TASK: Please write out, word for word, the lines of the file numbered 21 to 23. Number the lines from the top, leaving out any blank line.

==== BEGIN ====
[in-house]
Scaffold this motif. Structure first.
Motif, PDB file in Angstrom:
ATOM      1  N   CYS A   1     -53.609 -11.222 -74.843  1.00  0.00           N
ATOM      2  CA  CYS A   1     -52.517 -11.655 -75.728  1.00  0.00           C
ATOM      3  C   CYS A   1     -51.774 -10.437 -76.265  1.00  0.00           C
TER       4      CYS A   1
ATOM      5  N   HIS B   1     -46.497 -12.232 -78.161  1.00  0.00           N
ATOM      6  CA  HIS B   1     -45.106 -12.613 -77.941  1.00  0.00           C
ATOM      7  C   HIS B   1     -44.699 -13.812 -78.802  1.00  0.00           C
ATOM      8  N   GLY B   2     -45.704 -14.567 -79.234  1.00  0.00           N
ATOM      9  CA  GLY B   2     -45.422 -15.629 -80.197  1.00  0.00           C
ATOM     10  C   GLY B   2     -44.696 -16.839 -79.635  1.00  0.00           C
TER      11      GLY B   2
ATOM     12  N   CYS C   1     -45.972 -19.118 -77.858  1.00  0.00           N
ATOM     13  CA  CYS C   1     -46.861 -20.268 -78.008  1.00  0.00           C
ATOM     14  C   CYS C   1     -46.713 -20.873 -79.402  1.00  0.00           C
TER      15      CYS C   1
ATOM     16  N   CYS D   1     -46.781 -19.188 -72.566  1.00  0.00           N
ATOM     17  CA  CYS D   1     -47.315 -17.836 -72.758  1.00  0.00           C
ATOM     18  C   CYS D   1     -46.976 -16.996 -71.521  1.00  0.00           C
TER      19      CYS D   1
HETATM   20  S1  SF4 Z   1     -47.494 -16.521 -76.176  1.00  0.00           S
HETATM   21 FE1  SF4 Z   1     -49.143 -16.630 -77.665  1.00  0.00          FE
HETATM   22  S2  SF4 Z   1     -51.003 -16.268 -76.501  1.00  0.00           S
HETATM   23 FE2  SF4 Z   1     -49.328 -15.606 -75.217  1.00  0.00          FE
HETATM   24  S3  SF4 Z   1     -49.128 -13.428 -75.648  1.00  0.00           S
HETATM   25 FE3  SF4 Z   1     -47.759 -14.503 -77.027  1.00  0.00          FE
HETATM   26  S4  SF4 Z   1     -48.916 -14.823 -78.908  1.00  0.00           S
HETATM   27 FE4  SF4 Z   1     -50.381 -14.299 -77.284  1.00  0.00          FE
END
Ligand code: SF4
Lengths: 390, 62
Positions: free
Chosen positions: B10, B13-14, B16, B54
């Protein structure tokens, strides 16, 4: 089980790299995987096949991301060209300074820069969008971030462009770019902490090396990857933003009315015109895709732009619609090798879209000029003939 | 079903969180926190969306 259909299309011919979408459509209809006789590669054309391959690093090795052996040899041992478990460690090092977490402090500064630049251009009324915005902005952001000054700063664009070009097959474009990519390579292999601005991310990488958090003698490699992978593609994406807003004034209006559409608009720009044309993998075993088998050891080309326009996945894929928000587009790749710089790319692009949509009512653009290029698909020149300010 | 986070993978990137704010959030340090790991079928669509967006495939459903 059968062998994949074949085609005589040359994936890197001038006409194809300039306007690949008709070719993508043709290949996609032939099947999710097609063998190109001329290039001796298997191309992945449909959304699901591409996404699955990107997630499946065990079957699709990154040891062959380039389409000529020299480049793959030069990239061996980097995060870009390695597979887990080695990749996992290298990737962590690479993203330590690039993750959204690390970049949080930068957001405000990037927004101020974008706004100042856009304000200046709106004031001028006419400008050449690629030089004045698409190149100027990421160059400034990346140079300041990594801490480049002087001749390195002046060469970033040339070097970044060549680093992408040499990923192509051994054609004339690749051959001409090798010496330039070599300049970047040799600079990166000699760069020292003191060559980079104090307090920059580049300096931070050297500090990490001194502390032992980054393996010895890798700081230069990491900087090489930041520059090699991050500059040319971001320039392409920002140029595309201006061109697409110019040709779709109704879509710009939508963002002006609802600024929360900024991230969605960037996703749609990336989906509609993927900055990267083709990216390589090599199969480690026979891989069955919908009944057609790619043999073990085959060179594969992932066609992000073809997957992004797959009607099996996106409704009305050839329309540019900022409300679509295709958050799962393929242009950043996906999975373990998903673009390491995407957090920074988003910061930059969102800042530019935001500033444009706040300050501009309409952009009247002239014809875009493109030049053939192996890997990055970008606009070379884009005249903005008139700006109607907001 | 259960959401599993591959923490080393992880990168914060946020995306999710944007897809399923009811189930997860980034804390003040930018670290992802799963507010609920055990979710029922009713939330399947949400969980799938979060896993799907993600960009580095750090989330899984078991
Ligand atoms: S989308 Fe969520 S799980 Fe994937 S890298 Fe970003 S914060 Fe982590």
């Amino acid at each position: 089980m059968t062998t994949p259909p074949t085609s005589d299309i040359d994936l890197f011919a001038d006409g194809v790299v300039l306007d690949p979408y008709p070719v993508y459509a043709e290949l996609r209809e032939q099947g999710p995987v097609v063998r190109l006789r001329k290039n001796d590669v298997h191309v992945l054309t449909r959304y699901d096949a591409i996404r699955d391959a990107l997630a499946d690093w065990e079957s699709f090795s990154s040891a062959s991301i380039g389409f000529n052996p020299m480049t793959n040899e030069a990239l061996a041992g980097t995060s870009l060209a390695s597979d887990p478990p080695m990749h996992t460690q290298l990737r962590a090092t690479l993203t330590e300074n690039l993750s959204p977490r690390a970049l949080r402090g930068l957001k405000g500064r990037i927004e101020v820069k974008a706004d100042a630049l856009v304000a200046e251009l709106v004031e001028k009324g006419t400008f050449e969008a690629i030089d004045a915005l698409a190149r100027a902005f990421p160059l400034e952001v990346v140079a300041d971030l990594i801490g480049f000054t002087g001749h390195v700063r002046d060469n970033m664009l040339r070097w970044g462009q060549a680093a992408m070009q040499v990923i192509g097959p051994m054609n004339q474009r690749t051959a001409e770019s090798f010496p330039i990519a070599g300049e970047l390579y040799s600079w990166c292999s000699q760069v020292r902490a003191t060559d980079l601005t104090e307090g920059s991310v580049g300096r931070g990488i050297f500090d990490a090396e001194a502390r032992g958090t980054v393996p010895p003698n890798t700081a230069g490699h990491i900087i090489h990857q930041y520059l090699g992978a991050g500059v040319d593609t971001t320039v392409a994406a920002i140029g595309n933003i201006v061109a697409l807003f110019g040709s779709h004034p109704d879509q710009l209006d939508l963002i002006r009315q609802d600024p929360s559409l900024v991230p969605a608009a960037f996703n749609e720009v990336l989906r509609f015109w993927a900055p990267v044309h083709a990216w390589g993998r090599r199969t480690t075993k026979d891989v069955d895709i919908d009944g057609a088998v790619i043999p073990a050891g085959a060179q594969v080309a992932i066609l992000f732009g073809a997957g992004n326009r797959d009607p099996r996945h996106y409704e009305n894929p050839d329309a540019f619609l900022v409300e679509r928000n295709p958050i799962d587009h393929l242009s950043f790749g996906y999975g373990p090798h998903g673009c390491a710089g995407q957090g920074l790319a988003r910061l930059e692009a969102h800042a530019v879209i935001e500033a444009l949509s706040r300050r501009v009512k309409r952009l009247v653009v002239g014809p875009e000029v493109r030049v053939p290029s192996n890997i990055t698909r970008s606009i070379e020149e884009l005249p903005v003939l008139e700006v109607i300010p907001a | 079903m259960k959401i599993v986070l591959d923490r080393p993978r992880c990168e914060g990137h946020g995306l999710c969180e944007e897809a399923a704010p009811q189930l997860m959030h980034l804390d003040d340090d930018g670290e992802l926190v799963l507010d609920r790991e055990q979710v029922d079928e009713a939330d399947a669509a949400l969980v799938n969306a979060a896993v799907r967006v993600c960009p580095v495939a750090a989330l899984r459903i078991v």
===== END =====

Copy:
ATOM     18  C   CYS D   1     -46.976 -16.996 -71.521  1.00  0.00           C
TER      19      CYS D   1
HETATM   20  S1  SF4 Z   1     -47.494 -16.521 -76.176  1.00  0.00           S